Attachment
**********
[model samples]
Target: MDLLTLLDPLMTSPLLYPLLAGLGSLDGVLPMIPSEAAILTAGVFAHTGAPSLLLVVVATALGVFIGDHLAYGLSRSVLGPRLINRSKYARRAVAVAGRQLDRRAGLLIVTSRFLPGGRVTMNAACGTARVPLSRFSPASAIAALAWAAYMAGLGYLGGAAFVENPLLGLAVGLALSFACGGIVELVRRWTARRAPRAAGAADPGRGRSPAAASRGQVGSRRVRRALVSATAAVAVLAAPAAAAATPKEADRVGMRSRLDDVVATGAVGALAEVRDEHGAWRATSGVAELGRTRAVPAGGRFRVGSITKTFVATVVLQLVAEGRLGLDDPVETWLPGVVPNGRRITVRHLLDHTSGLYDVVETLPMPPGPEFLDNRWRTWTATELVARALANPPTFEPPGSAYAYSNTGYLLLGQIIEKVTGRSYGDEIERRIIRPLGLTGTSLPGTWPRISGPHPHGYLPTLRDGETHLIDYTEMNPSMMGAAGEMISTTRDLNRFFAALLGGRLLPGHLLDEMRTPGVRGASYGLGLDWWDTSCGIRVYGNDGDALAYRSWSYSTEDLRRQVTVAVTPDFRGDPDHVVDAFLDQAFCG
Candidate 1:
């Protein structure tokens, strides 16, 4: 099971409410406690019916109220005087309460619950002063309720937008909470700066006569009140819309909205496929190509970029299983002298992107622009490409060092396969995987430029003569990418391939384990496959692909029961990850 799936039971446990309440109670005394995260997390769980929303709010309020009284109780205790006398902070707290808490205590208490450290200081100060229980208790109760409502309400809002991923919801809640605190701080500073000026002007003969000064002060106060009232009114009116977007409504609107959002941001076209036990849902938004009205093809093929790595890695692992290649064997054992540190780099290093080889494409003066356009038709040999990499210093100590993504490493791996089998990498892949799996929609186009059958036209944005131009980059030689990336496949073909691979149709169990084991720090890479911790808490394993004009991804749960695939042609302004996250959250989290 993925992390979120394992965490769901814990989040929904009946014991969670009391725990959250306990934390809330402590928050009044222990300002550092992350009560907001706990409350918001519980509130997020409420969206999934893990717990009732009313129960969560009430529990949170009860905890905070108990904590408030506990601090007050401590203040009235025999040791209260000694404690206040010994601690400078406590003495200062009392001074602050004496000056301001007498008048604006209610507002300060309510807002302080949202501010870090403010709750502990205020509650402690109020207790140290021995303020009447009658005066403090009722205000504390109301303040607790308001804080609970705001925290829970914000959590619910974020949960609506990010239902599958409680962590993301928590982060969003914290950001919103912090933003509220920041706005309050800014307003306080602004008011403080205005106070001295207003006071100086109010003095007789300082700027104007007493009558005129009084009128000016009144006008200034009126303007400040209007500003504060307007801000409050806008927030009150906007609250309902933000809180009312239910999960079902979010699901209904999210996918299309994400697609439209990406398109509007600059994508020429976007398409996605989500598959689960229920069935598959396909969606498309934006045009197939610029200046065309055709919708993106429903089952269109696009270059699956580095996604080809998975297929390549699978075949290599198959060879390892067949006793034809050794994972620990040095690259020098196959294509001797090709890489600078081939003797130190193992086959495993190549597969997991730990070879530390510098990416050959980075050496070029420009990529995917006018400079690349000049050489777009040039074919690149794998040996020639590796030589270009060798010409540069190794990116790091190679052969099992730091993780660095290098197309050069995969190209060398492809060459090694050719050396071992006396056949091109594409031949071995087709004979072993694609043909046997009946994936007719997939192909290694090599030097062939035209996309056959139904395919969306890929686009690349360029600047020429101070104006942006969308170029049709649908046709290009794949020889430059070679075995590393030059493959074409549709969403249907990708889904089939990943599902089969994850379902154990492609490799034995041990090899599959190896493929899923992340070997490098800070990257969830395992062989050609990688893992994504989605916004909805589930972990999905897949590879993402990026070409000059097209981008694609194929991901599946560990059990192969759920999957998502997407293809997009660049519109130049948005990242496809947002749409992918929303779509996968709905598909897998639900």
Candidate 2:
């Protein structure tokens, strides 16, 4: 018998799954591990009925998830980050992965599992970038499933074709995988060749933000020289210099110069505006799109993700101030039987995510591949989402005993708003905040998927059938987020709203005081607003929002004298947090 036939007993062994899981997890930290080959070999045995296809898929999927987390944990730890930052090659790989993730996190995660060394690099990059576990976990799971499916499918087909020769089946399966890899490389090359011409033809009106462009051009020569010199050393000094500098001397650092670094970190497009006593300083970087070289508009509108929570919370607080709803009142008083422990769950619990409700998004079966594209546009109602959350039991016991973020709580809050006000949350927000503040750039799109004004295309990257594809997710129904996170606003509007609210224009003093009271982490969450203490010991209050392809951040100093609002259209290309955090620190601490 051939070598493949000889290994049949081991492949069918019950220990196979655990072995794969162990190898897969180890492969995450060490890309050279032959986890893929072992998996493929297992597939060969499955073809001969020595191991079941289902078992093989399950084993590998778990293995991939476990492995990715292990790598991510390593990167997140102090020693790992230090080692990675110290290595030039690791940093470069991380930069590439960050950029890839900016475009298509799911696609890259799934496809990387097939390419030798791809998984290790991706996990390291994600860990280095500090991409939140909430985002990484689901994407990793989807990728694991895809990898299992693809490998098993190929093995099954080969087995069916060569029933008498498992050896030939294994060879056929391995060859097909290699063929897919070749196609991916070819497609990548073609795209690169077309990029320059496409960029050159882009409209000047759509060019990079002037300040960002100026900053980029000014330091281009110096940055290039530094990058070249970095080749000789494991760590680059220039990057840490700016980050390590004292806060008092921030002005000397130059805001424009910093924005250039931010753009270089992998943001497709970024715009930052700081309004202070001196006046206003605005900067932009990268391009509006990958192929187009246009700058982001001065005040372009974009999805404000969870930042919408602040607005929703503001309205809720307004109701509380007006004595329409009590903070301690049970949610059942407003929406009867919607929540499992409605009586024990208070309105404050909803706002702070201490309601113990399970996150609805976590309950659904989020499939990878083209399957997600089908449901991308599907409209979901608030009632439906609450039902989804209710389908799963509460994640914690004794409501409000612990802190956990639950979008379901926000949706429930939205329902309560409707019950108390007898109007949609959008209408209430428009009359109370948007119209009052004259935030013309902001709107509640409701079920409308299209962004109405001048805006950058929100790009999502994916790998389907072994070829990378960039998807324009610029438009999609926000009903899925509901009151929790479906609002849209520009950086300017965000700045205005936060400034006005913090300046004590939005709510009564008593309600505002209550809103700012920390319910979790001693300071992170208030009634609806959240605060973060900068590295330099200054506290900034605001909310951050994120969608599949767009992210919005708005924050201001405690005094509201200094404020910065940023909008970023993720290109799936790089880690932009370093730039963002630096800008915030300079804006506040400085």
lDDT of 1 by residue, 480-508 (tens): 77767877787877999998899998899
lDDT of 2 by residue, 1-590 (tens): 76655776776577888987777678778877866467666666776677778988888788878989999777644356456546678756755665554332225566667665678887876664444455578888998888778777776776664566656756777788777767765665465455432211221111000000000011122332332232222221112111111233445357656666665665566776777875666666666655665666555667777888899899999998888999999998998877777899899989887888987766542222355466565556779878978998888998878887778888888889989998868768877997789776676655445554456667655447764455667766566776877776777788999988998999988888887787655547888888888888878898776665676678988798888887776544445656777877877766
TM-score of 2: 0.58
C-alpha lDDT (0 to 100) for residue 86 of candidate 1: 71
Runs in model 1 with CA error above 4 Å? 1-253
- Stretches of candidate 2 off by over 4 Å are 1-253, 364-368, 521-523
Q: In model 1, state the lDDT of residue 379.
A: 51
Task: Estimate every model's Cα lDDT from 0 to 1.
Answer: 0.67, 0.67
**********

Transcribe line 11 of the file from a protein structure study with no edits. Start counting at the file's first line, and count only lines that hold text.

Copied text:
Runs in model 1 with CA error above 4 Å? 1-253